A version of this post originally appeared on the Shanker Institute blog.

Up until now, the Common Core (CCSS) English language arts (ELA) standards were considered path-breaking mostly because of their reach: This wasn’t the first time a group attempted to write “common” standards, but it is the first time they’ve gained such traction. But the Common Core ELA standards are revolutionary for another, less talked about, reason: They define rigor in reading and literature classrooms more clearly and explicitly than nearly any of the state ELA standards that they are replacing. Now, as the full impact of these expectations  starts to take hold, the decision to define rigor—and the way it is defined—is fanning the flames of a debate that threatens to open up a whole new front in America’s long-running “Reading Wars.”

Game of Risk
A new front opens on a war worth waging. 
Photo by Ben Stephenson.

The first and most divisive front in that conflict was the debate over the importance of phonics in early-reading instruction. Thanks to the 2000 recommendations of the National Reading Panel and the 2001 “Reading First” portion of No Child Left Behind, the phonics camp has largely won this battle. Now, while there remain curricula that may marginalize phonics and phonemic awareness, we see few if any that ignore these elements completely.

But the debate over phonics is limited to the early grades. There remain important divisions over how best to devise curricula and teach literature in the years that follow, and minimizing (or papering over) these divisions has been central to most standards-setting efforts. After all, the “grand compromise” of standards-driven reform has always been: States get to define what students should know and be able to do at each grade, but teachers retain the flexibility and autonomy to decide how best to assist all of their pupils to reach those goals. And standards-setters have been loath to provide too much guidance to curriculum developers, particularly in ELA.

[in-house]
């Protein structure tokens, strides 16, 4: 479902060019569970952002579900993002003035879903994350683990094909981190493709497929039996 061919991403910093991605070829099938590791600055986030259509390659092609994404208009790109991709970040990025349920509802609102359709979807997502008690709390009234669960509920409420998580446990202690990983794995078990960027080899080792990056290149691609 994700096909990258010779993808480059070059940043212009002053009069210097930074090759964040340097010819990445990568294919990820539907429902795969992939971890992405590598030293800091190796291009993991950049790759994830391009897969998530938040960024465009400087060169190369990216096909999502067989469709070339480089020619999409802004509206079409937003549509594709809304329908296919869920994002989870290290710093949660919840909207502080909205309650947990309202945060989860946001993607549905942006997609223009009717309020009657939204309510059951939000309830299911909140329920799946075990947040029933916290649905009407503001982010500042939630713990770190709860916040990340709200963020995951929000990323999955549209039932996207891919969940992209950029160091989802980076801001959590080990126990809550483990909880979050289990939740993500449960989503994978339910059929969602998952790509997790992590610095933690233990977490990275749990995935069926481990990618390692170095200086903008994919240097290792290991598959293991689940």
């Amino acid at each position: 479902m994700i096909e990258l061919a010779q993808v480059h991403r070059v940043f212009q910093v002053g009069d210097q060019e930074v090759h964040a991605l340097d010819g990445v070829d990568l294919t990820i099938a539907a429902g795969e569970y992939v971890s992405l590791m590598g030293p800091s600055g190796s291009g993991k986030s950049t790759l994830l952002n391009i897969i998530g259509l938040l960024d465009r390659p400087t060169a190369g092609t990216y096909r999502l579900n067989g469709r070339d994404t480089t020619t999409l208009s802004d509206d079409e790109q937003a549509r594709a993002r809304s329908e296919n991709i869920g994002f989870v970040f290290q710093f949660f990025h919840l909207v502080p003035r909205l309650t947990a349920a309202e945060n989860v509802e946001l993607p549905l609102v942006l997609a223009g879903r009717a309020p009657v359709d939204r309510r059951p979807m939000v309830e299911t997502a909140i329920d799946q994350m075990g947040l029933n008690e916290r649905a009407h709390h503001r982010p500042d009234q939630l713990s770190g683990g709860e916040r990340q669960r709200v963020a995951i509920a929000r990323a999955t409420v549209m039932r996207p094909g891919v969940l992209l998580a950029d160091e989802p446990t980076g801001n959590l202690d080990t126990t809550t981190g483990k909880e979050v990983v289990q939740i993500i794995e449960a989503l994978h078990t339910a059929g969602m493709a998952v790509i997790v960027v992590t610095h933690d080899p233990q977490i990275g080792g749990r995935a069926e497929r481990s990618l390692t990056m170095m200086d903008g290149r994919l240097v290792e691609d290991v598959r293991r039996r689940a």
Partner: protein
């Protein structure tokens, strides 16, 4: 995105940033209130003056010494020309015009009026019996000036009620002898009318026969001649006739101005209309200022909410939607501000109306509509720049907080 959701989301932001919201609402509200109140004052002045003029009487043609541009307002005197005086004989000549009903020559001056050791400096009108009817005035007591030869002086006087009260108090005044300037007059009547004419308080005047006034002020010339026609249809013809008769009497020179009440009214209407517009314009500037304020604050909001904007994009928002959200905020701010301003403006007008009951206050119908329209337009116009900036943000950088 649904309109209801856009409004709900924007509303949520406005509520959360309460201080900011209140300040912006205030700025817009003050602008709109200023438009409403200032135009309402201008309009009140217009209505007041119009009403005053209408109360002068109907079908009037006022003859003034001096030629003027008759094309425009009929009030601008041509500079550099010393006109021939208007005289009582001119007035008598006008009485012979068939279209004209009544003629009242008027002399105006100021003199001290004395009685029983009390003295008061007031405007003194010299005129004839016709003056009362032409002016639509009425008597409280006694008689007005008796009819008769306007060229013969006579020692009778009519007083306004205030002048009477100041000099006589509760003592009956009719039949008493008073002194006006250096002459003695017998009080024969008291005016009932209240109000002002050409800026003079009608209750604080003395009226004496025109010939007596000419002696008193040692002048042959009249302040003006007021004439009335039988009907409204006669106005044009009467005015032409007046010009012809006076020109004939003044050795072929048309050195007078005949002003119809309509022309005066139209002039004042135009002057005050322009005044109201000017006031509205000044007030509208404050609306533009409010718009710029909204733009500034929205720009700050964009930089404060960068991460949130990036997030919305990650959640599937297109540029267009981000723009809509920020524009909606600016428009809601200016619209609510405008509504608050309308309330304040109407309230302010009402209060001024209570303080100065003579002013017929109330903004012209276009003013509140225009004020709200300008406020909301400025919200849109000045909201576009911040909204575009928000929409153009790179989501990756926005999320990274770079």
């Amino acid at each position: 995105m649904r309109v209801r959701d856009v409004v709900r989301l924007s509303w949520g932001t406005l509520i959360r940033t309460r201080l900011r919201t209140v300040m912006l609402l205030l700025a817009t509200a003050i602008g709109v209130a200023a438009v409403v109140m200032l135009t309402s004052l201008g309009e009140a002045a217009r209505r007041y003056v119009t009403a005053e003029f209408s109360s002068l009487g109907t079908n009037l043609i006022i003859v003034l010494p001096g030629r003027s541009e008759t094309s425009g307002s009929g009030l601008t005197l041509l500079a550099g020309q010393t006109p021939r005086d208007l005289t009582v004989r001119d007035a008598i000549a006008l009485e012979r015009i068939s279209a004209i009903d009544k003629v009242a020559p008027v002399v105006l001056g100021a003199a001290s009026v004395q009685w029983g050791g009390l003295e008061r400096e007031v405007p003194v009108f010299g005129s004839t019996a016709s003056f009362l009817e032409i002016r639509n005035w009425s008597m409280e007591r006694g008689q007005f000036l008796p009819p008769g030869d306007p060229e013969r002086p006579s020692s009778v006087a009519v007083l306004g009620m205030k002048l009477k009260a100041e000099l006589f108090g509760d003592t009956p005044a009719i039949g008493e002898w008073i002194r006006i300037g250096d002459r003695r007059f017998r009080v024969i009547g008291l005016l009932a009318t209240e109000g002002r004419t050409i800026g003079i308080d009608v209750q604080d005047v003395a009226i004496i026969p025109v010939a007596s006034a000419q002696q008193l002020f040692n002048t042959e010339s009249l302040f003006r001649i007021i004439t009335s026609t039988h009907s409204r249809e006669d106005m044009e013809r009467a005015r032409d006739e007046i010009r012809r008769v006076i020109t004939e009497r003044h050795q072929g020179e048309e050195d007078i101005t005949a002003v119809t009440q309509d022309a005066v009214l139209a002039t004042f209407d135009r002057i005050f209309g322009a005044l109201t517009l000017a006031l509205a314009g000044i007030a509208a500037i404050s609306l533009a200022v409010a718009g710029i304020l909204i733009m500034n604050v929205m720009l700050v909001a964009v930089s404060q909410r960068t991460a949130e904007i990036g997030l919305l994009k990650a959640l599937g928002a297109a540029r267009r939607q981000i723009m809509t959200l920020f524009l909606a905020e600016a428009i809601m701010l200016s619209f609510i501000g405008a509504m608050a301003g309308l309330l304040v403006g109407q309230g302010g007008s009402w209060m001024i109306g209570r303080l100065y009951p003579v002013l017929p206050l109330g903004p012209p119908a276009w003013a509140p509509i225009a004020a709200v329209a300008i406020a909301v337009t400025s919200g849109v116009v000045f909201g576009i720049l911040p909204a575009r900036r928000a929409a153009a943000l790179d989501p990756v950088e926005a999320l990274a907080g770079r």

Common Core is no different in that regard. Page six of the CCSS ELA standards states:

The Standards define what all students are expected to know and be able to do, not how teachers should teach…

Yet in a field like this, where the content is ill-defined and its substance changing—sometimes dramatically—from early elementary to high school, where is the line drawn between the “what” and the “how”?

Most state-level ELA standards have defined the “what” as the skills and behaviors that great readers share. These expectations have therefore described only very broadly what students should actually be able to do, and they’ve only hinted at how teachers should define content and rigor at each grade level.

Sounds marvelously adaptable, yes, but the actual result was that most state ELA standards were vague and virtually meaningless directives that led to the kind of low-level reading assessments and “teach to the test” preoccupation that has plagued far too many classrooms for the past decade.

Enter the Common Core.

Like the state ELA standards that preceded them, the CCSS describe the skills and behaviors that great readers and writers exhibit at each grade level. But, in an effort to define the rigor more clearly than their predecessors, the Common Core standards specify that the sophistication of what students read is as important as the skills they master from grade to grade. To that end, Standard 10 clearly asks that all students be exposed to and asked to analyze grade-appropriate texts, with scaffolding as necessary.